World thought leaders in High Performance


Even more proof: management matters

What has happened in the popular literature these past years? Why are managers continuously denounced in these magazines and blogs and put aside as being non-relevant or even detrimental to the performance of an organization? Since the beginning of modern economic science management has been seen as being an important, and often the most important, factor for explaining performance differences between organizations and even countries. I therefore urge the authors of these popular stories to not only delve in managerial and economic history before they start writing, but to also take notice of modern day academic research. For instance, in the past years Nicholas Bloom and John Van Reenen have done excellent work researching worldwide the effect of operational management practices on the productivity and profitability of in particular production companies. These so-called social techniques differ from the well-known traditional production technologies in the sense that they mostly have to do with influencing the behavior of people in the organization. Innovation in these social techniques is increasingly seen as being crucial for the development of not only organizations but also of industries and countries.

One could argue, quite convincingly, that the high performance organization (HPO) framework is also a social technique. After all, it deals with creating a mindset and way of working in the organization that makes people want to become high-performing and then start acting accordingly. This behavior causes an organization to be(come) high-performing and achieve better organizational performance than its competitors. I was therefore curious to see whether the scores that Bloom and colleagues measured for the quality of operational management practices in various countries would match with the scores we at the HPO Center have collected worldwide on the high-performance level of organizations. For this purpose, I delved in the HPO database and extracted the scores for the production and manufacturing companies. To be comparable with the data of Bloom et al. I only took data for countries which have been measured by Bloom et al. and which in the HPO database had comparable numbers of respondents from production and manufacturing companies; both a lower number or a very high number of respondents would potentially give too many outliers. I then made a ranking from Bloom et al. ‘quality of management’ countries’ scores (which I took from Dieteren et al.) and from the overall average HPO score per country, the result is depicted in Figure 1.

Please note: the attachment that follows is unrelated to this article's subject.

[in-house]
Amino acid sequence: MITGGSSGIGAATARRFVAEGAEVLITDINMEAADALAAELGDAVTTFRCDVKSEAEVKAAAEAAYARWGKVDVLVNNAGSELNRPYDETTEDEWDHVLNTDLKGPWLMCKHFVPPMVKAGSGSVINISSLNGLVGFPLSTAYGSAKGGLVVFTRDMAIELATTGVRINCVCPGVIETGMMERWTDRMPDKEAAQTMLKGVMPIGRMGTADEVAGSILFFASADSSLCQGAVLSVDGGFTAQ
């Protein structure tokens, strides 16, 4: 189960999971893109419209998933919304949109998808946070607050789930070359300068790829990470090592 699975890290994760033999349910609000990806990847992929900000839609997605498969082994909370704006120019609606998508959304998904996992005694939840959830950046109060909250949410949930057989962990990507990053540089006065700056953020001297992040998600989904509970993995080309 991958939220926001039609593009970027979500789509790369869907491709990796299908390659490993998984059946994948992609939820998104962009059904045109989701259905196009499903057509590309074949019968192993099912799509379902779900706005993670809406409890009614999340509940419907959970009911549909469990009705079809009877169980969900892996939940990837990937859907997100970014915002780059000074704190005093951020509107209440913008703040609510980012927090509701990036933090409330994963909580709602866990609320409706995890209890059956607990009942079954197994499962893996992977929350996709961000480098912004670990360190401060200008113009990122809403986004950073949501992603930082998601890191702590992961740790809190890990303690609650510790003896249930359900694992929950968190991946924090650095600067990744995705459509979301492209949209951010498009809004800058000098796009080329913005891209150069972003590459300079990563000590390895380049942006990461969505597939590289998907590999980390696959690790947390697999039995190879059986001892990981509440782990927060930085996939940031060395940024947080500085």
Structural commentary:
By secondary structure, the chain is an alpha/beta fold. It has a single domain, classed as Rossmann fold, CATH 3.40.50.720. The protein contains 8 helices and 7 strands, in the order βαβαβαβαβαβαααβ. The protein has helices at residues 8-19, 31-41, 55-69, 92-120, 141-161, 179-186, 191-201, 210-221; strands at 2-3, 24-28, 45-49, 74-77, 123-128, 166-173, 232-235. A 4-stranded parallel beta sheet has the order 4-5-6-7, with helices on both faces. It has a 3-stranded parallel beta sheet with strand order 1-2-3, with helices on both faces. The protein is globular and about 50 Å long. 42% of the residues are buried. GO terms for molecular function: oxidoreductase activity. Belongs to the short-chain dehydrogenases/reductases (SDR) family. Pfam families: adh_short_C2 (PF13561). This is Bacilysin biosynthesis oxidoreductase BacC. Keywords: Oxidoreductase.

Figure 1: The quality of management practices (measured on a scale of 1-5)scores and the HPO scores (scale 1-10) for selected countries

Figure 1: The quality of management practices (measured on a scale of 1-5) scores and the HPO scores (scale 1-10) for selected countries

It is quite obvious from Figure 1 that there is a similar pattern in the ranking of countries according to the ‘quality of management’ scores and according to the average HPO scores. This should come as no surprise. When looking how Bloom et al. measure ‘quality of management’ the reason becomes obvious. They measure along four dimensions: the way in which companies organize and improve their activities and operations (such as applying lean management), which has a relation with HPO factor Continuous Improvement & Renewal; the goals set by companies which should be long term and which link with ambitious but achievable short-term performance measures, which has a relation with both HPO factors Long-Term Orientation and Continuous Improvement & Renewal; the degree in which companies systematically collect and analyze performance data to initiate improvements, again this has a relation with HPO factor Continuous Improvement & Renewal; and personnel management, which can be linked to various characteristics of HPO factors Employee Quality and Management Quality.

Granted, the ‘quality of management’ indicators are a subset of the HPO characteristics which are more encompassing about what an organization and its managers have to do to become HPO. But it is interesting to see that both Bloom et al.’s research and my research have the same outcome: management matters! In my forthcoming book High Performance Managerial Leadership: best ideas from around the world (Praeger, April 2020) I discuss the techniques and behaviors managers can apply to make sure that they are and remain the decisive factor for the success of their organizations.

More information in English:

  • Nicholas Bloom and John Van Reenen (2007) Measuring and explaining management practices across firms and countries, The Quarterly Journal of Economics, Vol. 122 No. 4, pp. 1351–1408.
  • Nicholas Bloom, N. en John Van Reenen (2010), Why do management practices differ across firms and countries?, Journal of Economic Perspectives, Vol. 24 No. 1, pp. 203–224.
  • Rafaelle Sadun, Nicholas Bloom and John Van Reenen (2017), Why Do We Undervalue Competent Management?, Harvard Business Review, September-October

More information in Dutch:

  • Jadé Dieteren, Jesse Groenewegen, Sjoerd Hardeman, Harry Garretsen, Lotte de Haan en Janka Stoker (2018), Managementkwaliteit in Nederland gemeten, Economisch Statistische Berichten, september